Building Background Knowledge and Interest
Prior to starting this lesson’s main activity, it is key to set the stage and give students background and some frame for discussing the topic. Depending on your class’s prior lessons you may want to spend more or less time preparing students to discuss the topic of race and inequality in the classroom. Refer to the Learning Objectives section of this document to build out your pre-learning work.
When starting the lesson, I begin by providing students with a brief outline of the material and what they can expect to get out of it. “We are going to think about land and property in this country. Who has it? Who doesn’t? Why? A recent study found that Minneapolis has the largest racial homeownership gap in the country. 75% of white Minnesotans own their homes while only 23% of black Minnesotans own theirs (50% disparity). And 43% of Native Americans own their home (32% disparity with whites). So why is this the case?”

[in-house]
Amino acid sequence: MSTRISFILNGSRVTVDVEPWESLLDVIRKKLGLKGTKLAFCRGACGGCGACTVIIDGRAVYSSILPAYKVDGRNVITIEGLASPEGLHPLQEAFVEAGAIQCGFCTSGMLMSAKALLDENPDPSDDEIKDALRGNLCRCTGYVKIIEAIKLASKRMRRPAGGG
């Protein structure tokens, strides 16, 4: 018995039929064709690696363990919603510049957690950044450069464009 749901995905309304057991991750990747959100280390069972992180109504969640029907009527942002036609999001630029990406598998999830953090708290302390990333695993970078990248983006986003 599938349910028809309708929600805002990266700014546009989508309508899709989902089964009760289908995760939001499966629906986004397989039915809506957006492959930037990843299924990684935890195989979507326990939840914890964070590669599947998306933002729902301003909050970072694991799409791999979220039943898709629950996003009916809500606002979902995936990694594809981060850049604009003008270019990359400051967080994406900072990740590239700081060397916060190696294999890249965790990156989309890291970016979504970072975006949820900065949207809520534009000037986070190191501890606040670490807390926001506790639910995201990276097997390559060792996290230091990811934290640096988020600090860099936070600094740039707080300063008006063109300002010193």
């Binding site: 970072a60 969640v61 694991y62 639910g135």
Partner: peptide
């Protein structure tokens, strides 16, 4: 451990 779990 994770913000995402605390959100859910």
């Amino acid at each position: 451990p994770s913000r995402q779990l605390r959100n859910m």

To explain the complex history of land and property in this country, students will learn pieces of it in groups by reading and summarizing the experience of indigenous peoples and black Minneapolis residents in the early 20th century that were pushed from their homes. They will then share what they learned with their classmates so that the group as a whole can tell the story of how land in Minneapolis changed hands.
To peak students’ interest in this history, I present them with the challenge of piecing together the lineage of land in southwest Minneapolis. “You are going to be examining the history of who has lived in this area and the story of how they got where they are now. You will share what you find out with your classmates.”